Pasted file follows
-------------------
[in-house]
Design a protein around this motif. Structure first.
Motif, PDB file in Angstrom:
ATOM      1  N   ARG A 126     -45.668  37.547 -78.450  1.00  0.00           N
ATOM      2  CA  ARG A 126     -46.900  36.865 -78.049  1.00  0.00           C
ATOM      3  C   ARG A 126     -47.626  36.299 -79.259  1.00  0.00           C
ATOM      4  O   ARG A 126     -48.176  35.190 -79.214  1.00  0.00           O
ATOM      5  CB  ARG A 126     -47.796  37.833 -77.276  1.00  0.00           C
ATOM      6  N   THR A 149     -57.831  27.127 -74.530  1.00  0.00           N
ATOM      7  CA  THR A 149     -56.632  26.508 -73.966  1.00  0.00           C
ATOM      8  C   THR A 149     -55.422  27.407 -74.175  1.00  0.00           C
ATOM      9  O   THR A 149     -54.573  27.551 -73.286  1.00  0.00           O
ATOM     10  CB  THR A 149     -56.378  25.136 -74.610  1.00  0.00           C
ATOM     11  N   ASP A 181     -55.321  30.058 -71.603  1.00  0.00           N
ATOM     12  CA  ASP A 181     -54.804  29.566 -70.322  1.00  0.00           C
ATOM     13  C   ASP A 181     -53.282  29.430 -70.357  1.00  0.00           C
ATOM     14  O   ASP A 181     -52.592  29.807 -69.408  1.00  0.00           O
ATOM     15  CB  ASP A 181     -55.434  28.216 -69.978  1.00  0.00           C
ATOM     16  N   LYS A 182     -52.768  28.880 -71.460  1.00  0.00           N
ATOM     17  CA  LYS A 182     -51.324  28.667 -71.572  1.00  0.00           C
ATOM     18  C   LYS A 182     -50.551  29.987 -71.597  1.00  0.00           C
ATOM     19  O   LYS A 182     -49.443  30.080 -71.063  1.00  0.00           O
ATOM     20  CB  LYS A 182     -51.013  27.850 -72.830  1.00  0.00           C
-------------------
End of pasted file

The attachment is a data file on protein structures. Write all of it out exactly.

[in-house]
Design a protein around this motif. Structure first.
Motif, PDB file in Angstrom:
ATOM      1  N   ARG A 126     -45.668  37.547 -78.450  1.00  0.00           N
ATOM      2  CA  ARG A 126     -46.900  36.865 -78.049  1.00  0.00           C
ATOM      3  C   ARG A 126     -47.626  36.299 -79.259  1.00  0.00           C
ATOM      4  O   ARG A 126     -48.176  35.190 -79.214  1.00  0.00           O
ATOM      5  CB  ARG A 126     -47.796  37.833 -77.276  1.00  0.00           C
ATOM      6  N   THR A 149     -57.831  27.127 -74.530  1.00  0.00           N
ATOM      7  CA  THR A 149     -56.632  26.508 -73.966  1.00  0.00           C
ATOM      8  C   THR A 149     -55.422  27.407 -74.175  1.00  0.00           C
ATOM      9  O   THR A 149     -54.573  27.551 -73.286  1.00  0.00           O
ATOM     10  CB  THR A 149     -56.378  25.136 -74.610  1.00  0.00           C
ATOM     11  N   ASP A 181     -55.321  30.058 -71.603  1.00  0.00           N
ATOM     12  CA  ASP A 181     -54.804  29.566 -70.322  1.00  0.00           C
ATOM     13  C   ASP A 181     -53.282  29.430 -70.357  1.00  0.00           C
ATOM     14  O   ASP A 181     -52.592  29.807 -69.408  1.00  0.00           O
ATOM     15  CB  ASP A 181     -55.434  28.216 -69.978  1.00  0.00           C
ATOM     16  N   LYS A 182     -52.768  28.880 -71.460  1.00  0.00           N
ATOM     17  CA  LYS A 182     -51.324  28.667 -71.572  1.00  0.00           C
ATOM     18  C   LYS A 182     -50.551  29.987 -71.597  1.00  0.00           C
ATOM     19  O   LYS A 182     -49.443  30.080 -71.063  1.00  0.00           O
ATOM     20  CB  LYS A 182     -51.013  27.850 -72.830  1.00  0.00           C